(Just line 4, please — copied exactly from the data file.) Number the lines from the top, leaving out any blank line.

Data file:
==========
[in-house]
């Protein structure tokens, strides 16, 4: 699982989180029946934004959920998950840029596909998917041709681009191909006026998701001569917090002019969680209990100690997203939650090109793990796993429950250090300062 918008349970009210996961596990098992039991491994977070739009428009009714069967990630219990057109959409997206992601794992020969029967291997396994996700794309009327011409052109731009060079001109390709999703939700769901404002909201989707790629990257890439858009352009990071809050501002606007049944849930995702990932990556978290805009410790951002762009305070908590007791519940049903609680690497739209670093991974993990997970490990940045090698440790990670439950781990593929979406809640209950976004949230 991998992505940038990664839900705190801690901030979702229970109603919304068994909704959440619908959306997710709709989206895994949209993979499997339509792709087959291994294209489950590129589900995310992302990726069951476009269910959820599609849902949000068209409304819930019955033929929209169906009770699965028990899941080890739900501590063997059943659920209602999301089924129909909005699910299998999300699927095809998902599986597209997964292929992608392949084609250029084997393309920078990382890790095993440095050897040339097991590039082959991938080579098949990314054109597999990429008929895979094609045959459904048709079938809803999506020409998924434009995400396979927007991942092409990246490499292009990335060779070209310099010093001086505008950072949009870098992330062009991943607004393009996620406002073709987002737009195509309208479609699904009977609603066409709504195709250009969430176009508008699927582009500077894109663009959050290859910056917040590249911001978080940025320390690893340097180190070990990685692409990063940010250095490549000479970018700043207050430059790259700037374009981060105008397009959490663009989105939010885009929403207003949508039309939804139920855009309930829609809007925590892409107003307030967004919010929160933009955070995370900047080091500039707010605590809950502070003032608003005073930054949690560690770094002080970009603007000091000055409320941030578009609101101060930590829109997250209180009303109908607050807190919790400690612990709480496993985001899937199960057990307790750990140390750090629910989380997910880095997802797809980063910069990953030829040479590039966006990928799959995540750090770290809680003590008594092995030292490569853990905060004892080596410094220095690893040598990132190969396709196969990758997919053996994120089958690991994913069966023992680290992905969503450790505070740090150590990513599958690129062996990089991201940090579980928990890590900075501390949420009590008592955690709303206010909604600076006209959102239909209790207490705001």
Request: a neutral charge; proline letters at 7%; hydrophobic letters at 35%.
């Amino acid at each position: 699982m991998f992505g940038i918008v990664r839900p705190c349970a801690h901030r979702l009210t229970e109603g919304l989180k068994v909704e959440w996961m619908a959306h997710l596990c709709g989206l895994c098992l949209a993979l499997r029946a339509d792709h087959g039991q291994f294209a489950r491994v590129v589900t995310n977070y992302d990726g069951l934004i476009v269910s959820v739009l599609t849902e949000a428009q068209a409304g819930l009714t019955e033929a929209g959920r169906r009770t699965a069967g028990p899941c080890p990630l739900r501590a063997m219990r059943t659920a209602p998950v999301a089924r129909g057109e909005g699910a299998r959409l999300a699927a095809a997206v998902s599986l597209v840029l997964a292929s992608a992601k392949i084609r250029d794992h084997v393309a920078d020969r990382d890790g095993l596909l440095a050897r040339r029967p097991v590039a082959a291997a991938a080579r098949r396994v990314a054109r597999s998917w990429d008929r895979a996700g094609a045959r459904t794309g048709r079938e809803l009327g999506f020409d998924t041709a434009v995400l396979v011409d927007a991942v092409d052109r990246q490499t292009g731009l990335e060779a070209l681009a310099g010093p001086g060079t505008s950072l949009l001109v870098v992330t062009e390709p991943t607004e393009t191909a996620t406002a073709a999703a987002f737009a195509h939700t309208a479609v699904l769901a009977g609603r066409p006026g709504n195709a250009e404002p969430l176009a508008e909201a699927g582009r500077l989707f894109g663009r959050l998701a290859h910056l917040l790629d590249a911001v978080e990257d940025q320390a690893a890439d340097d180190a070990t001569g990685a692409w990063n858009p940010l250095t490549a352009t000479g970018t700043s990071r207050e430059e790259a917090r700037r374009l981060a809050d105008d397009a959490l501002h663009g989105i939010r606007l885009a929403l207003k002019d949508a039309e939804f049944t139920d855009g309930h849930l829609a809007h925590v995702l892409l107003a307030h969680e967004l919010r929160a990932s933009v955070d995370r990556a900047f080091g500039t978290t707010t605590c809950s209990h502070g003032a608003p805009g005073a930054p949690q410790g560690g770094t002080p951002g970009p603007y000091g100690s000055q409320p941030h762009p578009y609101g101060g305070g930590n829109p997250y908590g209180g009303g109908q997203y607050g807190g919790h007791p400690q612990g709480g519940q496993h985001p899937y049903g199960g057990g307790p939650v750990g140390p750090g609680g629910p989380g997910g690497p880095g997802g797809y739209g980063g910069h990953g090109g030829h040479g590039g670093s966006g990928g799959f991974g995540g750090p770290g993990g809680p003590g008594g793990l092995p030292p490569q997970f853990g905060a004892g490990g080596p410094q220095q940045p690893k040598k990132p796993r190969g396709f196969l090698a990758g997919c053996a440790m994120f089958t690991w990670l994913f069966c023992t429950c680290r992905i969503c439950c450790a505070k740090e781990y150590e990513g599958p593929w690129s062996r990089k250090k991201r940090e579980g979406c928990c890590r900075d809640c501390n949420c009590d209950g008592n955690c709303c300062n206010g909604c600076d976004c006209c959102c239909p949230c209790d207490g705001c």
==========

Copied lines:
């Amino acid at each position: 699982m991998f992505g940038i918008v990664r839900p705190c349970a801690h901030r979702l009210t229970e109603g919304l989180k068994v909704e959440w996961m619908a959306h997710l596990c709709g989206l895994c098992l949209a993979l499997r029946a339509d792709h087959g039991q291994f294209a489950r491994v590129v589900t995310n977070y992302d990726g069951l934004i476009v269910s959820v739009l599609t849902e949000a428009q068209a409304g819930l009714t019955e033929a929209g959920r169906r009770t699965a069967g028990p899941c080890p990630l739900r501590a063997m219990r059943t659920a209602p998950v999301a089924r129909g057109e909005g699910a299998r959409l999300a699927a095809a997206v998902s599986l597209v840029l997964a292929s992608a992601k392949i084609r250029d794992h084997v393309a920078d020969r990382d890790g095993l596909l440095a050897r040339r029967p097991v590039a082959a291997a991938a080579r098949r396994v990314a054109r597999s998917w990429d008929r895979a996700g094609a045959r459904t794309g048709r079938e809803l009327g999506f020409d998924t041709a434009v995400l396979v011409d927007a991942v092409d052109r990246q490499t292009g731009l990335e060779a070209l681009a310099g010093p001086g060079t505008s950072l949009l001109v870098v992330t062009e390709p991943t607004e393009t191909a996620t406002a073709a999703a987002f737009a195509h939700t309208a479609v699904l769901a009977g609603r066409p006026g709504n195709a250009e404002p969430l176009a508008e909201a699927g582009r500077l989707f894109g663009r959050l998701a290859h910056l917040l790629d590249a911001v978080e990257d940025q320390a690893a890439d340097d180190a070990t001569g990685a692409w990063n858009p940010l250095t490549a352009t000479g970018t700043s990071r207050e430059e790259a917090r700037r374009l981060a809050d105008d397009a959490l501002h663009g989105i939010r606007l885009a929403l207003k002019d949508a039309e939804f049944t139920d855009g309930h849930l829609a809007h925590v995702l892409l107003a307030h969680e967004l919010r929160a990932s933009v955070d995370r990556a900047f080091g500039t978290t707010t605590c809950s209990h502070g003032a608003p805009g005073a930054p949690q410790g560690g770094t002080p951002g970009p603007y000091g100690s000055q409320p941030h762009p578009y609101g101060g305070g930590n829109p997250y908590g209180g009303g109908q997203y607050g807190g919790h007791p400690q612990g709480g519940q496993h985001p899937y049903g199960g057990g307790p939650v750990g140390p750090g609680g629910p989380g997910g690497p880095g997802g797809y739209g980063g910069h990953g090109g030829h040479g590039g670093s966006g990928g799959f991974g995540g750090p770290g993990g809680p003590g008594g793990l092995p030292p490569q997970f853990g905060a004892g490990g080596p410094q220095q940045p690893k040598k990132p796993r190969g396709f196969l090698a990758g997919c053996a440790m994120f089958t690991w990670l994913f069966c023992t429950c680290r992905i969503c439950c450790a505070k740090e781990y150590e990513g599958p593929w690129s062996r990089k250090k991201r940090e579980g979406c928990c890590r900075d809640c501390n949420c009590d209950g008592n955690c709303c300062n206010g909604c600076d976004c006209c959102c239909p949230c209790d207490g705001c």